That would cost many many times more than simply setting up R&D facility. Not to mention the fact that Apple doesn't produce its own components. They rely on outside suppliers which change based on the technology. Bids are also competitive. Your plan would be a better fit for an inefficient centrally planned economy than a dynamic tech company.
  • Reply 5 of 20

    I'd have told them to pound sand.

  • Reply 6 of 20
    levi wrote: »
    That would cost many many times more than simply setting up R&D facility. Not to mention the fact that Apple doesn't produce its own components. They rely on outside suppliers which change based on the technology. Bids are also competitive. Your plan would be a better fit for an inefficient centrally planned economy than a dynamic tech company.
    You really didnt get his point...
  • Reply 7 of 20
    Quote:

    Originally Posted by TheWhiteFalcon View Post

     

    I'd have told them to pound sand.


    1. You can set up a small R&D facility and tell them that they are developing a SoC component.

    2. Let locals to develop some nonessential components of that SoC.

    3. Then let Cupertino engineers to check the design and verify it doesn't do any harm and fix it if it does.

    4. Claim that certain components were developed by Indonesian SoC design team.

    5. Sell iPhones in Indonesia

    6. Profit. 

     

  • Reply 8 of 20

    For Apple, building out local R&D capabilities might be worth the investment, as Rudiantara said Indonesia imported some $5 billion worth of smartphones last year.

    R&D can include a lot about designing a specific UI that makes the iPhone more desirable to a country like Indonesia where multiple languages and writing scripts are normal. When Apple writes iOS is is very much aligned with American needs and ideas. The research arising out of the Indonesian culture and designed to fulfill needs the USA culture may be blind to, can do nothing but fuel sales in that part of the world. In passing, what is learned there, may be applicable to other countries as well.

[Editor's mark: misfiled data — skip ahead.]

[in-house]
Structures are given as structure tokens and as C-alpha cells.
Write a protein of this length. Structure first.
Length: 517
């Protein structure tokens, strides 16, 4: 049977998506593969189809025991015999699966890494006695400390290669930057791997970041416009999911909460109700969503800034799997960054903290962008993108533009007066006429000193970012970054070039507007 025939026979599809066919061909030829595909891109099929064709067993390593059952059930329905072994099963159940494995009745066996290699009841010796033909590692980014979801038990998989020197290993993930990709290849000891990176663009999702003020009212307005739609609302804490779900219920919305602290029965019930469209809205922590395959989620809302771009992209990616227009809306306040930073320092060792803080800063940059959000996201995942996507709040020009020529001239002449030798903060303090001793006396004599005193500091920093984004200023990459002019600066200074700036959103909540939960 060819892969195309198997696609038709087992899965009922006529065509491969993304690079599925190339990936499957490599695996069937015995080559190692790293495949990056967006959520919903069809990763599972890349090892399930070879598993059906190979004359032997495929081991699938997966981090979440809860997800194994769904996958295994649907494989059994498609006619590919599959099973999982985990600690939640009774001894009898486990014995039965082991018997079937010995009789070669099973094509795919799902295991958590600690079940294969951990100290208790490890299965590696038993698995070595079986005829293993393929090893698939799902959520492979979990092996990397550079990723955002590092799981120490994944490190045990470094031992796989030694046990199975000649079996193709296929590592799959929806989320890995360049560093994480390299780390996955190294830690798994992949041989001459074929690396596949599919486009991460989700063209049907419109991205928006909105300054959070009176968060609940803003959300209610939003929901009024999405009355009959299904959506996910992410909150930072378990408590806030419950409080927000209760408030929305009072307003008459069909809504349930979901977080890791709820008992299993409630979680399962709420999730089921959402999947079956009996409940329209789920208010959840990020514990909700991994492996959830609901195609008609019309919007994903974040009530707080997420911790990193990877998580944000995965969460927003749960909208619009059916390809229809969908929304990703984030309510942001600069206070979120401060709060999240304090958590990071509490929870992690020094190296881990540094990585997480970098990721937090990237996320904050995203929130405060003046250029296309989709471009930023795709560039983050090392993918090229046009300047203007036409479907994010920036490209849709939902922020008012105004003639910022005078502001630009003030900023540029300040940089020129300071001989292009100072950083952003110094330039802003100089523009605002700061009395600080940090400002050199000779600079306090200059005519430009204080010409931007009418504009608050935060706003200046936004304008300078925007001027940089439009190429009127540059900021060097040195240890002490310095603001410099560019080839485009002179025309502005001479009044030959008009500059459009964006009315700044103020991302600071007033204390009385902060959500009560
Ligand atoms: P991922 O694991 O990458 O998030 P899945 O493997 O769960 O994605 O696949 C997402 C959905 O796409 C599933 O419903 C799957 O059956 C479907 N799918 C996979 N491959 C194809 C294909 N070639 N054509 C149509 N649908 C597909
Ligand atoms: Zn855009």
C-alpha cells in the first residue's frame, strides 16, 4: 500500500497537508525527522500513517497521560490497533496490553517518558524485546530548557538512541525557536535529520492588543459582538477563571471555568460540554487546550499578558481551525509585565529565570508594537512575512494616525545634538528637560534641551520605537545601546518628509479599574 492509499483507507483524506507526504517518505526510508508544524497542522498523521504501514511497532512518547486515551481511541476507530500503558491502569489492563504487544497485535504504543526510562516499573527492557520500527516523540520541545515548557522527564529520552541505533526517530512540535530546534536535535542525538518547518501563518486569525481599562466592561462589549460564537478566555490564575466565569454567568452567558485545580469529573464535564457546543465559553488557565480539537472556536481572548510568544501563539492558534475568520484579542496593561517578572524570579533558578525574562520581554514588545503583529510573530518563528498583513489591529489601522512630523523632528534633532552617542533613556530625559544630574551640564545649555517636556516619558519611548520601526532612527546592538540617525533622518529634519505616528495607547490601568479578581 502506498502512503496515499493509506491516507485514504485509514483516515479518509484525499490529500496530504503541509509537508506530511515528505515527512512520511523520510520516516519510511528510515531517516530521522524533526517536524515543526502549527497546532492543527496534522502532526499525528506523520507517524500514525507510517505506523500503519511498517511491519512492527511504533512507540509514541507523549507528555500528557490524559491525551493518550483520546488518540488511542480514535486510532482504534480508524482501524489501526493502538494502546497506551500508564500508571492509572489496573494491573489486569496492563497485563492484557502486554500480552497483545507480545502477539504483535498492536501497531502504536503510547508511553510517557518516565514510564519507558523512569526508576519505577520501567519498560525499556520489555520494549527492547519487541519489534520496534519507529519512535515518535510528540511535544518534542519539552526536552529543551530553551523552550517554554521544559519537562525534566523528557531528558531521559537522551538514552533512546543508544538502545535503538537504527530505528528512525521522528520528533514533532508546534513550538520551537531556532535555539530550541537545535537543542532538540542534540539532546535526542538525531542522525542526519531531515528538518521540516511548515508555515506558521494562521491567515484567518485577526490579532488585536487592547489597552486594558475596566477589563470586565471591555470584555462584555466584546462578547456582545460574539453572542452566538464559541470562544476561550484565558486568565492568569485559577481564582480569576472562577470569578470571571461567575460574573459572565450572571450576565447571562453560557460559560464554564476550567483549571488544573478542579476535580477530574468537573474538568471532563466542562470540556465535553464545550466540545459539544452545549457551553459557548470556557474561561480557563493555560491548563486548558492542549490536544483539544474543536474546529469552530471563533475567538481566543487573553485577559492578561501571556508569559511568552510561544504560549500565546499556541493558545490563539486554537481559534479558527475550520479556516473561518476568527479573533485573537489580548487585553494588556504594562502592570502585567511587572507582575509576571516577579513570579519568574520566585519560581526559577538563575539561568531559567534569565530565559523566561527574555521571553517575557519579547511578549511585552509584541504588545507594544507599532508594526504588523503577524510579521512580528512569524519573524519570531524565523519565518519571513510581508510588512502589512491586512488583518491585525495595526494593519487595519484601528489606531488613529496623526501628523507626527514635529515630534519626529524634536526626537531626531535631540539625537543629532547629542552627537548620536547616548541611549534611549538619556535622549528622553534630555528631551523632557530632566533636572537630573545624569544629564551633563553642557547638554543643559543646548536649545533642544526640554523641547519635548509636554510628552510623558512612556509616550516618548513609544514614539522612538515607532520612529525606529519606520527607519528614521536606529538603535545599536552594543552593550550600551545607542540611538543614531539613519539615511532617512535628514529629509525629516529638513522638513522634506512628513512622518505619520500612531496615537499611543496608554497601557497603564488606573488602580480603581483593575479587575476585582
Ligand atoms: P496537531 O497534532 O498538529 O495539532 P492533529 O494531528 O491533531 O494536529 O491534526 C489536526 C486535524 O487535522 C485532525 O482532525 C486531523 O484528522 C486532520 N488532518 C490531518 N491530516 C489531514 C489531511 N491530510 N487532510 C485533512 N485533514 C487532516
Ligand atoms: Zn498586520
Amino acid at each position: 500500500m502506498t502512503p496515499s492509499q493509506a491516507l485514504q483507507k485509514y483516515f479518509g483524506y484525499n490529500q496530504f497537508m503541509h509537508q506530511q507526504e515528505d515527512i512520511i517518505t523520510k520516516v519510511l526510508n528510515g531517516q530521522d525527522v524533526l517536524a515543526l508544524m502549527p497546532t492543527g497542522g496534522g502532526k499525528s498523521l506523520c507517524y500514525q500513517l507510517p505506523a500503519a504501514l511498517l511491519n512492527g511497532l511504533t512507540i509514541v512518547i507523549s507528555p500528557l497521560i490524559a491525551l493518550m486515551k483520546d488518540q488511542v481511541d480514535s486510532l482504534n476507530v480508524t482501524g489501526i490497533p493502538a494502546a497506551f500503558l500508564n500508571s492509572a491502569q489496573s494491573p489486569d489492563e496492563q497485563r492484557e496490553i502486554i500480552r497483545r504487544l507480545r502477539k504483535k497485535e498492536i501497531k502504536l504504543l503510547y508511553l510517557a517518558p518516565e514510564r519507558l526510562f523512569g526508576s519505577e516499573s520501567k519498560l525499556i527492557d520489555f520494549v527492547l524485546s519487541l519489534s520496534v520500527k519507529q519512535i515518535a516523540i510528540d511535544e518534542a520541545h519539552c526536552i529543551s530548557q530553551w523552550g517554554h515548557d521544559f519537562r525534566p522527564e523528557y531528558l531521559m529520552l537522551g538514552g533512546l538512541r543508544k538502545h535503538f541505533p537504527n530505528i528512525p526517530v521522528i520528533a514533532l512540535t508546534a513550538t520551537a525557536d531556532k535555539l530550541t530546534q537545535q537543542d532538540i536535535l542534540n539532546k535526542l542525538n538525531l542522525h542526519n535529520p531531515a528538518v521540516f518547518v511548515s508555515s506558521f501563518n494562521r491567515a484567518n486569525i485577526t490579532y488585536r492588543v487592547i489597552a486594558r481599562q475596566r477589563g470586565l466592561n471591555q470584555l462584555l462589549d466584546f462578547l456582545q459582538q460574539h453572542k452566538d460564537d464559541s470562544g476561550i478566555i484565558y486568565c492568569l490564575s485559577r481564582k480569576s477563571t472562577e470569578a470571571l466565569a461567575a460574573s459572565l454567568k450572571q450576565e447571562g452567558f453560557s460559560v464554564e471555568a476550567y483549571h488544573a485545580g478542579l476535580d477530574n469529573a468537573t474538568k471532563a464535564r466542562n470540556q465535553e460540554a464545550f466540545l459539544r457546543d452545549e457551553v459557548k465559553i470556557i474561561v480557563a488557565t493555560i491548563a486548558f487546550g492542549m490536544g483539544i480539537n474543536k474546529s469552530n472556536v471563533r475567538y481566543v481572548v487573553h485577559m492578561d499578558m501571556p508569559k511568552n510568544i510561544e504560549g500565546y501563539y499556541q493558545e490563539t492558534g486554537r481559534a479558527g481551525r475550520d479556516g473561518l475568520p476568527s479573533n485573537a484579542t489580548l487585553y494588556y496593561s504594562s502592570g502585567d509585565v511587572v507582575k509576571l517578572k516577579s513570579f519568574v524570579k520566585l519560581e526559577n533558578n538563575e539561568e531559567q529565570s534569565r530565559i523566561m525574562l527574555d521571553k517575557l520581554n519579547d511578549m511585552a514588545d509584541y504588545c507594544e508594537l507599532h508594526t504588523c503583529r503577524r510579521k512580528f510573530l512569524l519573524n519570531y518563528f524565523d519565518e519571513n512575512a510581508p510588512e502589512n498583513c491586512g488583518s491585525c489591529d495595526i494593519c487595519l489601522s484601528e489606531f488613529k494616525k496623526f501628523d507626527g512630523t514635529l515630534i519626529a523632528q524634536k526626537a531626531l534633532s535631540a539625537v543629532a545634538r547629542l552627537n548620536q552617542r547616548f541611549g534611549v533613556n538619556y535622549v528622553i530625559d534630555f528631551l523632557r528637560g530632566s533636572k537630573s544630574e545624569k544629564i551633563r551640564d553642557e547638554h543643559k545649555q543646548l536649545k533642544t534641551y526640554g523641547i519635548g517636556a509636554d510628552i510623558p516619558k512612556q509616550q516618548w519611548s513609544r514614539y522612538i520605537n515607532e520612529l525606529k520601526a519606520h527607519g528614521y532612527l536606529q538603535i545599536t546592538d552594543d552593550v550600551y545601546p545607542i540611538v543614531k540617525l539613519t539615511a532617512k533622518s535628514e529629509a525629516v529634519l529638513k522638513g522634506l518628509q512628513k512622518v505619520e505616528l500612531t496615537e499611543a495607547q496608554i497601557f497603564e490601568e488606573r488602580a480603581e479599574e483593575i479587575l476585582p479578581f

If it comes down to building an in-country assembly plant, such as Apple did to satisfy Brazilian import tariffs - it's a no brainer. The local iPhones cost more to assemble, but the costs are born locally —plus the net cost, without the punitive tariffs are still lower, meaning Apple wins anyway.

    If more countries adopt the restrictions similar to what Indonesia has done, then it will be a win for Apple, as Apple may be the only company large enough and with the Tim Cook method of scheduling to pull off such a requirement. Remember, in most cases the extra costs of doing local R&D raises the iPhone's presence (and hence, sales) inside that country... and if it involves manufacturing, the extra costs are born within the prices within that country, like as in Brazil.
  • Reply 9 of 20